The bulldozers have been poised and ready for 20 years. When they finally get the…
Tuesday marked a momentous day for Aberdeen when the club were officially granted planning permission by the city council for their new stadium. Work will now begin on the new 20,000-seater Kingsford Stadium and accompanying training facility in June which will cost the club around £50 million.
To say this new stadium will be a boost to the northeast club is something of an understatement. As we noted in our mini-documentary about the limitations of the club’s historical Pittodrie home, Aberdeen’s future undoubtedly lies somewhere else where they can grow into a larger club and finally fulfil their potential.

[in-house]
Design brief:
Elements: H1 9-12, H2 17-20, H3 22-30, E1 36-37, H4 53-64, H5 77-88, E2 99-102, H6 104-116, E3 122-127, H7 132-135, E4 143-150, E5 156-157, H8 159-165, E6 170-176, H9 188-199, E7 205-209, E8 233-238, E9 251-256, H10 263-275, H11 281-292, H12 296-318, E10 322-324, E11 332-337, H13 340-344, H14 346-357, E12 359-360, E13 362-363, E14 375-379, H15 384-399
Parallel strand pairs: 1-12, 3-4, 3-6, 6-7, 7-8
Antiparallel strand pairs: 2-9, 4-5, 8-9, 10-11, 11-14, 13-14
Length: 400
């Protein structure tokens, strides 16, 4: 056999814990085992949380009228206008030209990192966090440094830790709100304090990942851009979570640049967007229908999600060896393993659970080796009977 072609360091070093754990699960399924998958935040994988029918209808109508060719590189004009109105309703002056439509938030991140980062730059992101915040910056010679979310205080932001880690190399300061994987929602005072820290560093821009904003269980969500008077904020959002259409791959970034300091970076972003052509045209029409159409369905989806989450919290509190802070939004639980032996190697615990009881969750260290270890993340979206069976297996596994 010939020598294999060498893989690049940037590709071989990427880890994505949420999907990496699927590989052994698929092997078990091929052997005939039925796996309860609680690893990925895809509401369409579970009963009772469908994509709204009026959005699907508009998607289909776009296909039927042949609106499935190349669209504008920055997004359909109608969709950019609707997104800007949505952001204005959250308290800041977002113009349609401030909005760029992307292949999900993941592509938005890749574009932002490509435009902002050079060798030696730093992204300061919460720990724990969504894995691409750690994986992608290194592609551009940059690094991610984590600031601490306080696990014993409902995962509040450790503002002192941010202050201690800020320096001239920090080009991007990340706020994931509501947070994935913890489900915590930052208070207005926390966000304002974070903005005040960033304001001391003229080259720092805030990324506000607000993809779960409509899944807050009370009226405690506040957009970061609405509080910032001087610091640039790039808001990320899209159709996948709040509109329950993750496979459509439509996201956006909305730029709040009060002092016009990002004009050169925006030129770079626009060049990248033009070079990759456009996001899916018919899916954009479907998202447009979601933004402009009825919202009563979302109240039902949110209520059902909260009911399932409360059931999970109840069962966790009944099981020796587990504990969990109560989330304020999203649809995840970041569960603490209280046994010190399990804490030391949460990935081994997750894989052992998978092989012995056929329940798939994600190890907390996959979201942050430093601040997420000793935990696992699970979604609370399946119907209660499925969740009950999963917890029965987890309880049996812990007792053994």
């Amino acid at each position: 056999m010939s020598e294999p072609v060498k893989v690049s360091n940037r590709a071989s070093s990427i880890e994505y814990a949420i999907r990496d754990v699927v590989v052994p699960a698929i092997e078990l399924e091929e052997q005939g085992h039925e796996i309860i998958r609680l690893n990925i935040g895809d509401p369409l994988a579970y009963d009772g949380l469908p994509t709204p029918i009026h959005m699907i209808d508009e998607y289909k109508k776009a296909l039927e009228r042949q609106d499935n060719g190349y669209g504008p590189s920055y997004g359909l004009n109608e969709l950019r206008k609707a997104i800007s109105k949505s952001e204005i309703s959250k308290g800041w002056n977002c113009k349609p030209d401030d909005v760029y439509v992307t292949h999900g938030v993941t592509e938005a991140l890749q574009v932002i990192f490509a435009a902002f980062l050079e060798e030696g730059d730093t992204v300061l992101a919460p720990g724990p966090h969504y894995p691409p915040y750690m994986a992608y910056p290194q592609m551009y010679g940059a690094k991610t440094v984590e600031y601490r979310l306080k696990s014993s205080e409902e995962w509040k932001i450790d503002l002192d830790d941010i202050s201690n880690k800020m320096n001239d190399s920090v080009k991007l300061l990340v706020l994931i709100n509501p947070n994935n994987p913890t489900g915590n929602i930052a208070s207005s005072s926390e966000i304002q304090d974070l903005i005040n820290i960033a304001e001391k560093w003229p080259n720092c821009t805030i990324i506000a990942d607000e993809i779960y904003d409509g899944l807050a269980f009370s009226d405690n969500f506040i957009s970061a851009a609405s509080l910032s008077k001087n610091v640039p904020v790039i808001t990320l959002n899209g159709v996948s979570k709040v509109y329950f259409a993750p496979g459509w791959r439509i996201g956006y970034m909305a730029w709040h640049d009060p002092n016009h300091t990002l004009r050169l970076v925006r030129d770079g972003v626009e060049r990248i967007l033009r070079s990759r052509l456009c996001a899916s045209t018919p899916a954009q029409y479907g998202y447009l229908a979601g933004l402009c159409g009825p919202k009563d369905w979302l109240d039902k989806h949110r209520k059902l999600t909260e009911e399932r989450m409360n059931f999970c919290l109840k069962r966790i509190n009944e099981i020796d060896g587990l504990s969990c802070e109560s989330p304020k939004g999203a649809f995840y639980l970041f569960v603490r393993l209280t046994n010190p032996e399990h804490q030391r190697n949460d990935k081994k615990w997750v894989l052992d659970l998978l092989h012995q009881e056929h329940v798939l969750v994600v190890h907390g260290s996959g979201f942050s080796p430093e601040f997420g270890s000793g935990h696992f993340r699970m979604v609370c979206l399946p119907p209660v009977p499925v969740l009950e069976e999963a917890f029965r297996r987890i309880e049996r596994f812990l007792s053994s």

Yet the new Kingsford Stadium and the training complex that comes up with it won’t be a stepladder for Aberdeen to catch Rangers or even Celtic’s financial gains. Instead, this new future for the club should help battle the very real threat to Derek McInnes’ side and their spot in the Scottish football hierarchy: Hearts and Hibernian.
The number one priority of any football club is to make money. It should be winning games of football but by and large, a football club that is run properly and makes enough money tends to then do quite well on the pitch too. While, on the other hand, very few clubs have played well enough to make up for losses off the pitch.